Now, thanks to Ron Beasley, we find Roubini on the pages of Forbes magazine issuing an analysis of the problem and providing another dire warning. If the regulations aren't tightened up considerably, this whole thing will just keep getting worse. And, far from the "loser" hypothesis of Santelli and Limbaugh, Roubini makes it clear that the US government has to step in:
... two elements, both key to avoiding a near-depression, which are still missing: a cleanup of the banking system that may require a proper triage between solvent and insolvent banks and the nationalization of many banks, even some of the largest ones; and a more aggressive, across-the-board reduction of the unsustainable debt burden of millions of insolvent households (i.e., a principal reduction of the face value of the mortgages, not just mortgage payments relief).Note, the lack of "loser" connotation when referring to insolvent households. That's because Roubini knows the fault doesn't lay with those households - it lays with the system which got them there: The Reagan/Thatcher Laissez-Faire capitalism.
Make no mistake, Roubini believes in capitalism; just not the unregulated form that is responsible for the worst financial mess since the Great Depression. In other words, you can have a free-market but not a free ride. And if you are a bank, you're going to learn to play by the rules or be booted off the field.
[T]he self-regulation approach created rating agencies that had massive conflicts of interest and a supervisory system dependent on principles rather than rules. In effect, this light-touch regulation became regulation of the softest touch.He's been right too many times to ignore.
Thus, all the pillars of the 2004 Basel II banking accord have already failed even before being implemented. Since the pendulum had swung too much in the direction of self-regulation and the principles-based approach, we now need more binding rules on liquidity, capital, leverage, transparency, compensation and so on.
The wingnuts, on the other hand, will continue to whine and cry like a bunch of gut-shot coyotes and try to blame anyone who isn't them. And they will continue to be wrong on orders of magnitude we can only imagine.
Q: As a native of Zambia with advanced degrees in public policy and economics from Harvard and Oxford, you are about to publish an attack on Western aid to Africa and its recent glamorization by celebrities. ‘‘Dead Aid,’’ as your book is called, is particularly hard on rock stars. Have you met Bono?
I have, yes, at the World Economic Forum in Davos, Switzerland, last year. It was at a party to raise money for Africans, and there were no Africans in the room, except for me.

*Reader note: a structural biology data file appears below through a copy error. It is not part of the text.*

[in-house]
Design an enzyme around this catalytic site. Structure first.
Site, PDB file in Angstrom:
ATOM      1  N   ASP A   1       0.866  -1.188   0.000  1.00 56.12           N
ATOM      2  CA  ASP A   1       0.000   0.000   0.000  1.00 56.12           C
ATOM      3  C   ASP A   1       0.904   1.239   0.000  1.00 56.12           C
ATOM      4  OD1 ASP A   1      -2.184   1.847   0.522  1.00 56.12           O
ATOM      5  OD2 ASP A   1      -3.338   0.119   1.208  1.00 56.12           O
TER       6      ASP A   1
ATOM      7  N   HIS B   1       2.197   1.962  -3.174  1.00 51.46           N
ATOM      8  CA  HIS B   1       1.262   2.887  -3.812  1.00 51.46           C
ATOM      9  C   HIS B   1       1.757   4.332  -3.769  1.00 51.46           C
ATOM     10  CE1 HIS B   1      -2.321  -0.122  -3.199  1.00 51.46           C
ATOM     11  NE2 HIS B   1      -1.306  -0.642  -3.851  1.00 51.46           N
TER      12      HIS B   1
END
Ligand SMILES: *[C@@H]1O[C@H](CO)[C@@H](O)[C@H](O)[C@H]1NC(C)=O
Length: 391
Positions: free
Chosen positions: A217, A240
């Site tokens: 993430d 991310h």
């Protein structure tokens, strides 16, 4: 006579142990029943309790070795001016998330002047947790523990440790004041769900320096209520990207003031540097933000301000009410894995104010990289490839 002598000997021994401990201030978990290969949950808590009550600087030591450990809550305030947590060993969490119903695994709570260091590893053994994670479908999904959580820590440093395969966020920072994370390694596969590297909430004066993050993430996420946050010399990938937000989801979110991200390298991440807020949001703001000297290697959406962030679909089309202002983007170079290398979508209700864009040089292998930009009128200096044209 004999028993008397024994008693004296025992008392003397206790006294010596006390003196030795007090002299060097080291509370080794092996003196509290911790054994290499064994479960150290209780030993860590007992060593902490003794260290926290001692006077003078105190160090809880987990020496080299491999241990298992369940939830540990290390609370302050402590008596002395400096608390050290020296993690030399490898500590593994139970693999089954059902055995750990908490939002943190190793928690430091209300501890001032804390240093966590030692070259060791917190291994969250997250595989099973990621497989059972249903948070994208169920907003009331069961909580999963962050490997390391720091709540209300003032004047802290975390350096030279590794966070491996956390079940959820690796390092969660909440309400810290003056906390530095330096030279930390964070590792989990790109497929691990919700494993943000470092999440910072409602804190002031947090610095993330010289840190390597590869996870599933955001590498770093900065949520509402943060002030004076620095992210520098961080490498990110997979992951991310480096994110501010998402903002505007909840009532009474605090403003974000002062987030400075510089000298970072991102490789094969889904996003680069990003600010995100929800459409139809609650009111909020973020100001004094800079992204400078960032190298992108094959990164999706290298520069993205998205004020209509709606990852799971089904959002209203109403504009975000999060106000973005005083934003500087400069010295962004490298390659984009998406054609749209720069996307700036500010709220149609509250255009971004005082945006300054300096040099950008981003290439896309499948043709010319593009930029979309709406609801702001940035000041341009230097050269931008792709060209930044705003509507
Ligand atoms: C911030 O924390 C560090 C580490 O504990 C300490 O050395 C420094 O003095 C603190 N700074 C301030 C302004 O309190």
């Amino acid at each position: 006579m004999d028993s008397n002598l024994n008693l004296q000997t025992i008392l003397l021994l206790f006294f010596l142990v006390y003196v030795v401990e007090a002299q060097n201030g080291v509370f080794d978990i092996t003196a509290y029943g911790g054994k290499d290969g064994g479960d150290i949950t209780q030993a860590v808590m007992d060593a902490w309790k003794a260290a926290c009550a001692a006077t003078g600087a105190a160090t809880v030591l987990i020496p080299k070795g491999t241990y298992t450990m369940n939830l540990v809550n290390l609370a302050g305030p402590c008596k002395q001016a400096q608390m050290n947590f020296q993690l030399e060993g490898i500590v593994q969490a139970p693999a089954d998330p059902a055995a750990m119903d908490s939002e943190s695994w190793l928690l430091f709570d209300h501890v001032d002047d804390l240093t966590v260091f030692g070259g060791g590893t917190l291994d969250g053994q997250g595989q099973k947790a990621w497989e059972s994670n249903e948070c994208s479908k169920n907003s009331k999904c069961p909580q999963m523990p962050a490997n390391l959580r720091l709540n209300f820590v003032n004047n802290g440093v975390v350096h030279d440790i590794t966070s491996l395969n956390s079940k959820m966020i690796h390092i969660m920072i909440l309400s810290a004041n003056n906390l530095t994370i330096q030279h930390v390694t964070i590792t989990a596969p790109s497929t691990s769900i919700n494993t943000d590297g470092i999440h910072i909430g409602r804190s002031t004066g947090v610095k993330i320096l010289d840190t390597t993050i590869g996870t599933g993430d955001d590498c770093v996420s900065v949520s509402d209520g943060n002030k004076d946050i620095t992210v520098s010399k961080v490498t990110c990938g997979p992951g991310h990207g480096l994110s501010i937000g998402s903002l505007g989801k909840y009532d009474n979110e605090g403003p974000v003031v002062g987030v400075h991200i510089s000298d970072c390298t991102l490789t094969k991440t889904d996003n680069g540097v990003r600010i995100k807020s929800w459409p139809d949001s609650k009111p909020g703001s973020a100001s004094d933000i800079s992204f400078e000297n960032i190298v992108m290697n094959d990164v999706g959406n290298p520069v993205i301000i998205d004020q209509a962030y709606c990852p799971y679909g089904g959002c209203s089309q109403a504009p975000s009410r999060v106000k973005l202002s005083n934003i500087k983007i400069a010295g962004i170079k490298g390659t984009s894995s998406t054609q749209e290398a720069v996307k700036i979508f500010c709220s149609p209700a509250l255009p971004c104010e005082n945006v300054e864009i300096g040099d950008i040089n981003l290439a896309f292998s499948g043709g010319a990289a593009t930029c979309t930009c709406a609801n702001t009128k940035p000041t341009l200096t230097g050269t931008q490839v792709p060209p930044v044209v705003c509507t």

Q: You argue in your book that Western aid to Africa has not only perpetuated poverty but also worsened it, and you are perhaps the first African to request in book form that all development aid be halted within five years.
Think about it this way — China has 1.3 billion people, only 300 million of whom live like us, if you will, with Western living standards. There are a billion Chinese who are living in substandard conditions. Do you know anybody who feels sorry for China? Nobody.
Saturday, February 21, 2009
Terrorism sows terror, and many States have fallen into a trap set by the terrorists. Ignoring lessons from the past, they have allowed themselves to be rushed into hasty responses, introducing an array of measures which undermine cherished values as well as the international legal framework carefully developed since the Second World War. These measures have resulted in human rights violations, including torture, enforced disappearances, secret and arbitrary detentions, and unfair trials. There has been little accountability for these abuses or justice for their victims.From something like The Shock Doctrine?
... the consequences of pursuing counter-terrorism within a war paradigm ...
But it does provide more than a modicum of support for Naomi Klein's theory. In fact, it is a vindication.
It is written, not by a novelist or an activist, but by a panel established by the International Commission of Jurists.
You need to read the whole thing, but if you are rushed for time, satisfy yourself with at least chapter three of the report. And if you want just a quick snap, go directly to the Conclusions & Recommendations: war paradigm on page 64 (pdf 77).
A conservative audience was entertained by one of their own doing what he has always done best - spew out a line of toxic lies. Only this time, he was lying about himself.
This has caused no end of incredulity in the American progressive blogosphere.